• Frys.com #5950424
  • Manufacturer: 20th Century Fox
  • UPC #024543600008
  • Model #2260000

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    Detailed Description
    (Manufacturer # 2260000 )

    Plot
      A skyscraper and an all-star cast go up in flames in Irwin Allen's classic disaster movie. To celebrate the construction of the Glass Tower, the world's tallest building, architect Doug Roberts (Paul Newman) and builder James Duncan (William Holden) hold a gala bash on the highest floors. Trouble is, Duncan's son-in-law and electrical subcontractor Roger Simmons (Richard Chamberlain) installed faulty wiring throughout the 138-story behemoth to save money. While the guests -- including Doug's lady friend (Faye Dunaway), a rich widow (Jennifer Jones), a con man (Fred Astaire), and a politico (Robert Vaughn) -- enjoy the party, and a security guard (O.J. Simpson) wonders why his equipment is on the fritz, a burnt-out circuit breaker ignites some garbage on the 85th floor, swiftly turning the high-rise into, well, a towering inferno. With the guests trapped on the 135th floor, it's up to Roberts and Fire Chief O'Hallorhan (Steve McQueen) to find a way to stop the blaze. Though not the first all-star '70s disaster movie (1970's Airport and 1972's The Poseidon Adventure preceded it), The Towering Inferno was the most popular and the most spectacular. In a move that would become more common in late-'90s blockbuster Hollywood, The Towering Inferno's mammoth production was mounted by two studios; screenwriter Stirling Silliphant combined the two novels owned by the studios into one saga. 1970s "shake 'n bake" maestro Allen, with co-director John Guillermin (Allen did the action sequences), tapped into deep fears about the fragility of modern life in the face of extreme natural phenomena, as well as into the envies and insecurities of middle-aged professional men. The Towering Inferno packed theaters and earned eight Oscar nominations, including Best Picture; it won for Cinematography, Editing, and Song. While its heroic, no-nonsense men provided some traditional comfort, The Towering Inferno still might provoke second thoughts about going into a skyscraper. ~ Lucia Bozzola, Rovi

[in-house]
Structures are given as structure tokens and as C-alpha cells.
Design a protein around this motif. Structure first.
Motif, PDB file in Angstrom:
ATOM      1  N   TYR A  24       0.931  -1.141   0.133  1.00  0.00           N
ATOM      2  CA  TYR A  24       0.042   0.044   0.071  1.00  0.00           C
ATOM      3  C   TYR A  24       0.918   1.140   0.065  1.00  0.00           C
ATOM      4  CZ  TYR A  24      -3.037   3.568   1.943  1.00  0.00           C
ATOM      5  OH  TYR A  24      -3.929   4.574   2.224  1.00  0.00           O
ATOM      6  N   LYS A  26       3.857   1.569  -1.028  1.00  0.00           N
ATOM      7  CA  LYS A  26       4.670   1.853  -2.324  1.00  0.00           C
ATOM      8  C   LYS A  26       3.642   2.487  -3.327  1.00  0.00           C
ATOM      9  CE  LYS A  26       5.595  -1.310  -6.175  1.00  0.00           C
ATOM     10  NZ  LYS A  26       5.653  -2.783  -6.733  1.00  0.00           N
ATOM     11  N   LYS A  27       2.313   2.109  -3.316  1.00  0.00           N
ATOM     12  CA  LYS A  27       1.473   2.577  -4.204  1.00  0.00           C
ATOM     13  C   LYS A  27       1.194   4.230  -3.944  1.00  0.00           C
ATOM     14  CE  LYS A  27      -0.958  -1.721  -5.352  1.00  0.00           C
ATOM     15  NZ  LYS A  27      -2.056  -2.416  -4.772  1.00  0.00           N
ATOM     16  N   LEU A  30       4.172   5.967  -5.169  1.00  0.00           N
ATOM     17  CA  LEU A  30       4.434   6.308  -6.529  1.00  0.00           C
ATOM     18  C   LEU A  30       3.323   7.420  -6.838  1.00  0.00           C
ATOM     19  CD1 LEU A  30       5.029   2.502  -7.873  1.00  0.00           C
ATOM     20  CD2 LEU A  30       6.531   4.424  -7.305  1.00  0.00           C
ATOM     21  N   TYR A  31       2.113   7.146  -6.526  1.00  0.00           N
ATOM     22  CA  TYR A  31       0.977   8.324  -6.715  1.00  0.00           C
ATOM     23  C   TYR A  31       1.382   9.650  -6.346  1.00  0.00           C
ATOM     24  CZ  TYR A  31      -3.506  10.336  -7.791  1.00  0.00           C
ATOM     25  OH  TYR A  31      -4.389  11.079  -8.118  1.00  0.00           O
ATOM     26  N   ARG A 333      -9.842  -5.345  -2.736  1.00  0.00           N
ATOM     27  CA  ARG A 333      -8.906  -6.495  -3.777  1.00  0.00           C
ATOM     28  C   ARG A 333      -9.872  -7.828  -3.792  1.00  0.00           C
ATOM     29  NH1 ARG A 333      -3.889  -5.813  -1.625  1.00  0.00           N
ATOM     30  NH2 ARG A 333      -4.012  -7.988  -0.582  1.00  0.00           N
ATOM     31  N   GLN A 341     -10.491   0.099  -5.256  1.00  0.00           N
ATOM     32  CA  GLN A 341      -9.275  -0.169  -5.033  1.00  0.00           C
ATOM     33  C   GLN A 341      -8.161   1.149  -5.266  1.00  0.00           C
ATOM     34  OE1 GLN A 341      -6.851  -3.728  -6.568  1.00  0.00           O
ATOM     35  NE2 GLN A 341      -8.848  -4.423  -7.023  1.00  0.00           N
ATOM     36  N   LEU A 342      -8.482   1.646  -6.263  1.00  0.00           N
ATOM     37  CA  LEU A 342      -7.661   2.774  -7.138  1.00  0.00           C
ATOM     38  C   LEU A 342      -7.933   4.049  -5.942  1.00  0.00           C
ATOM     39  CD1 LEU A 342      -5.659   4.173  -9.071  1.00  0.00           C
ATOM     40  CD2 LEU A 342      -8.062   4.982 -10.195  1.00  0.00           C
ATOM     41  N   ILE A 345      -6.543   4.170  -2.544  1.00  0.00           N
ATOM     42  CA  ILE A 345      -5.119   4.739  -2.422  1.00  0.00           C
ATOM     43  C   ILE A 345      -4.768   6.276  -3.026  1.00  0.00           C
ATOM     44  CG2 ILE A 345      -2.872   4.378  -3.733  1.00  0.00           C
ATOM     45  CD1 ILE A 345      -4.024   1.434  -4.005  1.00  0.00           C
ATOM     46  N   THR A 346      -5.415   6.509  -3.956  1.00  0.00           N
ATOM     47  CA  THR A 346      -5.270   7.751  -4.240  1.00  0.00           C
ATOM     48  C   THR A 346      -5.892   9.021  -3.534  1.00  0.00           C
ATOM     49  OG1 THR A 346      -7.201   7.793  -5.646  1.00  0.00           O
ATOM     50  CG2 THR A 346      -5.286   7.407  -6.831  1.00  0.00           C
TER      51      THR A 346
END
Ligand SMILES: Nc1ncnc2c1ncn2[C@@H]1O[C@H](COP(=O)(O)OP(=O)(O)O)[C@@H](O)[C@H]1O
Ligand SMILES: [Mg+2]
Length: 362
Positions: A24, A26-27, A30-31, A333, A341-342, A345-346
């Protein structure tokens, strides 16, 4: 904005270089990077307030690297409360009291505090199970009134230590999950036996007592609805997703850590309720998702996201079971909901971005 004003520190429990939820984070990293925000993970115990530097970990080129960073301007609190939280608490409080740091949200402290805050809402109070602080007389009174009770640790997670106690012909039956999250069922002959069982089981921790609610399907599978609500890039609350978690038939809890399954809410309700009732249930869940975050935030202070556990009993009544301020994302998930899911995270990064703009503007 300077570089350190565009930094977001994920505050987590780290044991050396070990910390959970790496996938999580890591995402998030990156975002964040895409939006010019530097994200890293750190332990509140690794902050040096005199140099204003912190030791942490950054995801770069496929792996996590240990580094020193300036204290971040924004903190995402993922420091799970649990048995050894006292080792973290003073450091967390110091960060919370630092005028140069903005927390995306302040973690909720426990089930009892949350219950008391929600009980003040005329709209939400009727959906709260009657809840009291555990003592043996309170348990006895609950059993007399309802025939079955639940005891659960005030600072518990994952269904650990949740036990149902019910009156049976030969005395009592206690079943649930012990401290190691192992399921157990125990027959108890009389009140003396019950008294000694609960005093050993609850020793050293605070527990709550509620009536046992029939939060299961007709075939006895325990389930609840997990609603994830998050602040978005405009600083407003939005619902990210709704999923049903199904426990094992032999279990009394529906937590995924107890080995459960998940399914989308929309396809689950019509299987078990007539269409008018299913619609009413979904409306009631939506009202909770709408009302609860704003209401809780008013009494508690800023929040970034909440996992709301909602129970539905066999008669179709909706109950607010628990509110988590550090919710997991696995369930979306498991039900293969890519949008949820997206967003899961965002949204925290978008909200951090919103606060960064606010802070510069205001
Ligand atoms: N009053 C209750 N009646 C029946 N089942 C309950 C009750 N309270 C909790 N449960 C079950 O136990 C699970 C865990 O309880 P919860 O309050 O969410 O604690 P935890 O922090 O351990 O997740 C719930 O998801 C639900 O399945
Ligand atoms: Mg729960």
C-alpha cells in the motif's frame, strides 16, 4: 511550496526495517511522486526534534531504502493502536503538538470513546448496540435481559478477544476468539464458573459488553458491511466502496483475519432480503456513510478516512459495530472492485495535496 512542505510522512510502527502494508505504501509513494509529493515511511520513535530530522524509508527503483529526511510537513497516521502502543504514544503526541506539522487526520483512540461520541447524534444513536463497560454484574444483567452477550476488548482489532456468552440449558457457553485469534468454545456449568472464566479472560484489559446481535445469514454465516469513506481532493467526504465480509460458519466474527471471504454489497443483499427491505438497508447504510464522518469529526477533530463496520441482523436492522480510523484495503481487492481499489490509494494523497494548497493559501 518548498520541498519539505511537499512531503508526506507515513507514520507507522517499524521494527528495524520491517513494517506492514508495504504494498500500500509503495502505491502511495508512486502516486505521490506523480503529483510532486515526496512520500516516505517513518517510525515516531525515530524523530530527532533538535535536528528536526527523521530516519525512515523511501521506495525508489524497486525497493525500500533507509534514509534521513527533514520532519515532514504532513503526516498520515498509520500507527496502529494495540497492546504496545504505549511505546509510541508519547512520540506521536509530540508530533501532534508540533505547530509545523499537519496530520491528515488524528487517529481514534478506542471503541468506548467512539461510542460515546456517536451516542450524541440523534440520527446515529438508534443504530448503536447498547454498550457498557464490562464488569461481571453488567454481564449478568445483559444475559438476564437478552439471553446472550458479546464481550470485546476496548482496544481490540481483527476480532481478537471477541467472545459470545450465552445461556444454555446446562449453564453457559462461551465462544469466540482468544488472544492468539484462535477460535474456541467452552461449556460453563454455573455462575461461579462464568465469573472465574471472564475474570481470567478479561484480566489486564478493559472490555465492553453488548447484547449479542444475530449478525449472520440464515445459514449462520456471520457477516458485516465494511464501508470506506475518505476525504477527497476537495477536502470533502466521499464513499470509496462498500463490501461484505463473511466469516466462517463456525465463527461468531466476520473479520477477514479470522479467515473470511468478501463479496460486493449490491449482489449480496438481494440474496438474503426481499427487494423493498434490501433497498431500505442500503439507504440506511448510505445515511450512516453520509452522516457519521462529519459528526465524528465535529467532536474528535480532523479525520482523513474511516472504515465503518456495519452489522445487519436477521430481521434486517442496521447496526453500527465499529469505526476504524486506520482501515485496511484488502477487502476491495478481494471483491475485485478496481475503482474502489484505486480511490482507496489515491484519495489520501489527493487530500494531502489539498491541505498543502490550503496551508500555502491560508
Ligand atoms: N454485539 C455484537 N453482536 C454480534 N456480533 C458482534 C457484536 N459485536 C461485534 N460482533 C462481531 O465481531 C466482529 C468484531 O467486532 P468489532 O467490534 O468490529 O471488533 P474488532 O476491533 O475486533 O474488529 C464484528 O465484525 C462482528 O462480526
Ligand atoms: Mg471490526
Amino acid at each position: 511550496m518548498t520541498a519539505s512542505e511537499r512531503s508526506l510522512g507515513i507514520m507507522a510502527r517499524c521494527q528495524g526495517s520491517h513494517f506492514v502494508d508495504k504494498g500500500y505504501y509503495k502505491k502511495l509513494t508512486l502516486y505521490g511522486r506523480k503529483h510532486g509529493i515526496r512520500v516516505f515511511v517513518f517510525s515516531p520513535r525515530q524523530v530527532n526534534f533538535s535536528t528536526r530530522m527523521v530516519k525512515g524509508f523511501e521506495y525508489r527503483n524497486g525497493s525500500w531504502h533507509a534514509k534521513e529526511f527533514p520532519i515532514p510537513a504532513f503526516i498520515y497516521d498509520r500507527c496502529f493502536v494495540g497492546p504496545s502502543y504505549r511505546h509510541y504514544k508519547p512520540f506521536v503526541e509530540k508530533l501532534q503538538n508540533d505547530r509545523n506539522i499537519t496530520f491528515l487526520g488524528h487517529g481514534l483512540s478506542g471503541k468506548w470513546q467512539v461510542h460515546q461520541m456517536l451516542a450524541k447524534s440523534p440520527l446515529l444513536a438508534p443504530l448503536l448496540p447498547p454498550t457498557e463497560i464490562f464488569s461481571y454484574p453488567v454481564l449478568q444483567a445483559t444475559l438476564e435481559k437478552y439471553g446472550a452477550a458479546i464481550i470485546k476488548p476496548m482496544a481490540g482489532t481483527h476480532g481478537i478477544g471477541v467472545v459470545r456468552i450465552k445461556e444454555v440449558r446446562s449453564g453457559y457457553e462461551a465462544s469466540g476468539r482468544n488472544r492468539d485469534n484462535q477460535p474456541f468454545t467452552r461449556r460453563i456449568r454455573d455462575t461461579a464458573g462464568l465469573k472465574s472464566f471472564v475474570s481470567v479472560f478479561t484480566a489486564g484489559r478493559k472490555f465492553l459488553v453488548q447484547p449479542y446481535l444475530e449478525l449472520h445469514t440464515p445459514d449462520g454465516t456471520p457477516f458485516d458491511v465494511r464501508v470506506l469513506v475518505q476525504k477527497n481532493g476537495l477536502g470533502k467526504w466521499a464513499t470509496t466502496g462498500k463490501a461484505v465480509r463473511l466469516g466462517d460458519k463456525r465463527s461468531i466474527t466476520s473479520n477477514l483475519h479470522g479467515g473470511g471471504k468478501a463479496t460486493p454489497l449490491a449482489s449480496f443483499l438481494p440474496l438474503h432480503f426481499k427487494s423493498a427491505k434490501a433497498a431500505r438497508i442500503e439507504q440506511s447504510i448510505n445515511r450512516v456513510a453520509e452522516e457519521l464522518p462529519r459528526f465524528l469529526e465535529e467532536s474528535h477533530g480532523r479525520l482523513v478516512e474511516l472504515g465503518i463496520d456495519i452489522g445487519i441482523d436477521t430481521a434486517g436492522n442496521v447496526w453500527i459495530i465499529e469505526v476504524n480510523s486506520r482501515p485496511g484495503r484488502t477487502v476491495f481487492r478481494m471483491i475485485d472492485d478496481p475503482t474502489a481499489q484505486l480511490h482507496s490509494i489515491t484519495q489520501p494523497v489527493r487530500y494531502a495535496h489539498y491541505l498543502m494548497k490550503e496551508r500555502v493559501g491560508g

Movie Type
      Action
    Movie Level Themes
      Trapped or Confined, Daring Rescues
    Movie Level Tones
      Paranoid, Tense, Visceral, Forceful, Rousing

    DVD Features

    • Audio Commentary by Film Historian F.X. Feeney
    • Scene-Specific Commentary by Mike Vzina, Special Effects Director on X-Men: The Last Stand, And Branko Racki, Stunt Coordinator: Montreal On The Day After Tomorrow
    • Over 30 Extended/Deleted Scenes
    • Inside The Tower: We Remember/Innovating Tower: The SPX of An Inferno
    • The Art of Towering
    • Irwin Allen: The Great Producer
    • Directing The Inferno
    • Putting Out Fire
    • Running On Fire
    • Still The World's Tallest Building
    • The Writer: Stirling Silliphant
    • AMC Backstory: The Towering Inferno
    • Storyboard-To-Film Comparisons
    • NATO Presentation Reel
    • Original "Making-Of" Featurettes
    • 1977 Irwin Allen Interview